Wednesday, April 1, 2009

Wall Street Breakfast: Must-Know News

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Wall Street Breakfast: Must-Know News

by SA Editor Rachael Granby

  • Bankruptcy may be best. Obama thinks a quick, negotiated bankruptcy is the most likely way for General Motors (GM) to restructure, said people familiar with the matter. Obama is likewise ready to see Chrysler go bankrupt and be sold off piecemeal if it can't forge a deal with Fiat. A forced bankruptcy could see the two firms split into 'good' and 'bad' entities, with the 'good' firms powered by strong brands and valuable foreign operations while the 'bad' brands and certain financial obligations sit in bankruptcy court. According to a White House spokesman, "the president’s position has not changed. He remains committed to a significant restructuring without a bankruptcy if at all possible." Officials say if bankruptcy becomes necessary, it can be done quickly and cleanly, but many critics warn the process could become longer and more painful than anticipated. GM -2.6% premarket (7:00 ET).
  • Japan auto sales slump. March vehicle sales for Toyota Motor (TM), Japan's largest automaker, fell 32% to 135,700. Sales at Nissan (NSANY) fell 34% to 59,292. Honda (HMC) sales were down 25% to 67,211, and the company plans to cut North American production and salaries. Mazda (MZDAF.PK) sales fell 28%. Japan's auto sales are now at their lowest level in 35 years. Despite the poor showing, automakers saw their shares rise in Tokyo trading as a weaker yen lifted earnings prospects and on speculation that marketshare will expand if U.S. automaker go bankrupt: Toyota +4.8%, Honda +6.7%, Mazda +5.5%, Nissan +10.0%.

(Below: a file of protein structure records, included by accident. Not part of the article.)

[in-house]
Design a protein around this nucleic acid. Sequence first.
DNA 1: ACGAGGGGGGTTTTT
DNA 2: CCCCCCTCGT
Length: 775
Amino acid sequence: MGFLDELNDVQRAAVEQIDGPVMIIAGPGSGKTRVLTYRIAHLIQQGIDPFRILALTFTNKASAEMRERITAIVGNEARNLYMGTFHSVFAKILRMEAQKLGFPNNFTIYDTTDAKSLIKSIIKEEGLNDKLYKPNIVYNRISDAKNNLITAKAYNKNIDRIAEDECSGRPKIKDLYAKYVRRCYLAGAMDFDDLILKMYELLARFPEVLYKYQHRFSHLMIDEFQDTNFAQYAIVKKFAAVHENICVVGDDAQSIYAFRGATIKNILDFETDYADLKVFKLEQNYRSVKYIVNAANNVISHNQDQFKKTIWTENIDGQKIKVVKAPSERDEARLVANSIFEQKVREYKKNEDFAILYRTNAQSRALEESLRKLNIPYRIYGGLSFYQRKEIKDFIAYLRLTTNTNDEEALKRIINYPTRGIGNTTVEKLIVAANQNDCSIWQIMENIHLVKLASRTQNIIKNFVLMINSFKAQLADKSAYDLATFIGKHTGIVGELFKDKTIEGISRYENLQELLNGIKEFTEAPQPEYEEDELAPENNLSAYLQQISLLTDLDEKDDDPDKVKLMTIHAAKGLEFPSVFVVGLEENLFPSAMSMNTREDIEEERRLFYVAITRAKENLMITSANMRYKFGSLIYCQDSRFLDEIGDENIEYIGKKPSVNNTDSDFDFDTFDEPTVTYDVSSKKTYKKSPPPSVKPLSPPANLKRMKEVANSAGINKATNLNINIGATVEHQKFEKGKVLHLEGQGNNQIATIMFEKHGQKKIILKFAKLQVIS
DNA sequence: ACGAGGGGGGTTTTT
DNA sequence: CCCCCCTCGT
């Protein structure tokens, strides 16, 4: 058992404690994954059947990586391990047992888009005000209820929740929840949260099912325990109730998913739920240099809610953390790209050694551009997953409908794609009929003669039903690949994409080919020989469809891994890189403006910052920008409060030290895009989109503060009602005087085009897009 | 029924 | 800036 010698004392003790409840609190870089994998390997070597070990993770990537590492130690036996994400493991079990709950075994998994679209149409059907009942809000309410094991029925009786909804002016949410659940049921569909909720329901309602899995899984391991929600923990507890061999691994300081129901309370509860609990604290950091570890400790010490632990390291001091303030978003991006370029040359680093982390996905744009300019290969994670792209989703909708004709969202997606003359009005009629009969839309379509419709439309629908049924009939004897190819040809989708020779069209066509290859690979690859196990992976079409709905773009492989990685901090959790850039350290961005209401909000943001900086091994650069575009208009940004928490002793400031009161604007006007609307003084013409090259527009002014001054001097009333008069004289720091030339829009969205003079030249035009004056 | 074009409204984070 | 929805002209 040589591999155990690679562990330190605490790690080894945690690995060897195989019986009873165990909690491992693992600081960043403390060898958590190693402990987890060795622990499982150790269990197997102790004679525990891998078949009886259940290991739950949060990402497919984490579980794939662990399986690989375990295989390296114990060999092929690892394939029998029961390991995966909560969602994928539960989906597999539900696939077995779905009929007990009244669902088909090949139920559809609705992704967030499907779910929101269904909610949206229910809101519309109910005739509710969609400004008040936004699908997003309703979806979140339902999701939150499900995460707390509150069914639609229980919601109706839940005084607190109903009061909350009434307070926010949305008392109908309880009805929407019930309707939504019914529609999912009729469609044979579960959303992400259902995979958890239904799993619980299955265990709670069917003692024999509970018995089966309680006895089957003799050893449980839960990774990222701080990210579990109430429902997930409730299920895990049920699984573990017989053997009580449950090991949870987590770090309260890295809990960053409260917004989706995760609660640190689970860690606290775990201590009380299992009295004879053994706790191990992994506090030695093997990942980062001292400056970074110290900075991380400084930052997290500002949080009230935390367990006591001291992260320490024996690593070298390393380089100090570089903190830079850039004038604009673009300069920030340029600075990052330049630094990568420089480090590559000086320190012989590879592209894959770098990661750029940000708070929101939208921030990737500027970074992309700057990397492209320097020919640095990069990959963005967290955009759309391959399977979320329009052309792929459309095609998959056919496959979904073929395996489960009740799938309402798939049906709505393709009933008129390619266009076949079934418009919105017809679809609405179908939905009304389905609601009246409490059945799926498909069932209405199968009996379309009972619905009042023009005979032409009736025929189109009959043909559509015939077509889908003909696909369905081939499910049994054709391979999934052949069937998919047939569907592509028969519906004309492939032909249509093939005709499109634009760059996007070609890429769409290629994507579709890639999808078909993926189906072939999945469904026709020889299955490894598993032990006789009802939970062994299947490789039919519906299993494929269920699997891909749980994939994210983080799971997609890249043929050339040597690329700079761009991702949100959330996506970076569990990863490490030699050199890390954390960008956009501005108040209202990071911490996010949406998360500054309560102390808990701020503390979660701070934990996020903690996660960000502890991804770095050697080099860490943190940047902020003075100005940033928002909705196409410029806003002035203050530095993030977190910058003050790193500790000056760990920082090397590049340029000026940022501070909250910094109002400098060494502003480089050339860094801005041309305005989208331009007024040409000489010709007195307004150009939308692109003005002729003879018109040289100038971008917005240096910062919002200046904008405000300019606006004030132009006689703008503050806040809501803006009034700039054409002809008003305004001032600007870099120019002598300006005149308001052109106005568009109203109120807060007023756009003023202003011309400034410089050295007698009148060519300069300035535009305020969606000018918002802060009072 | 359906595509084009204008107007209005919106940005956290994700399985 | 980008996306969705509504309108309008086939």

• AIG compensation chief under fire. Activist investors are trying to block the re-election of AIG (AIG) director James F. Orr, chairman of the board compensation committee. Officials representing major union and public pension funds wrote a letter to trustees urging them to unseat Orr for failing to adequately oversee the $165M in retention payments that have sparked so much public outrage in recent weeks. (Read the letter to the trustees (.pdf)) Separately, lawmakers have reportedly asked for copies of confidential reports prepared by a lawyer who has been in charge of monitoring AIG's business practices over the past four years.
  • UBS exec shake-up. UBS (UBS) hired Ulrich Koerner as its new chief operating officer, replacing Walter Stuerzinger as part of a push to reorganize and cut costs. Koerner will become a member of UBS' executive board and oversee the integration of infrastructure and service functions in the corporate center. The latest executive shake-up comes after Oswald Gruebel was made CEO in February and Kaspar Villiger was nominated chairman of the board of directors in March, replacing Peter Kurer after just one year.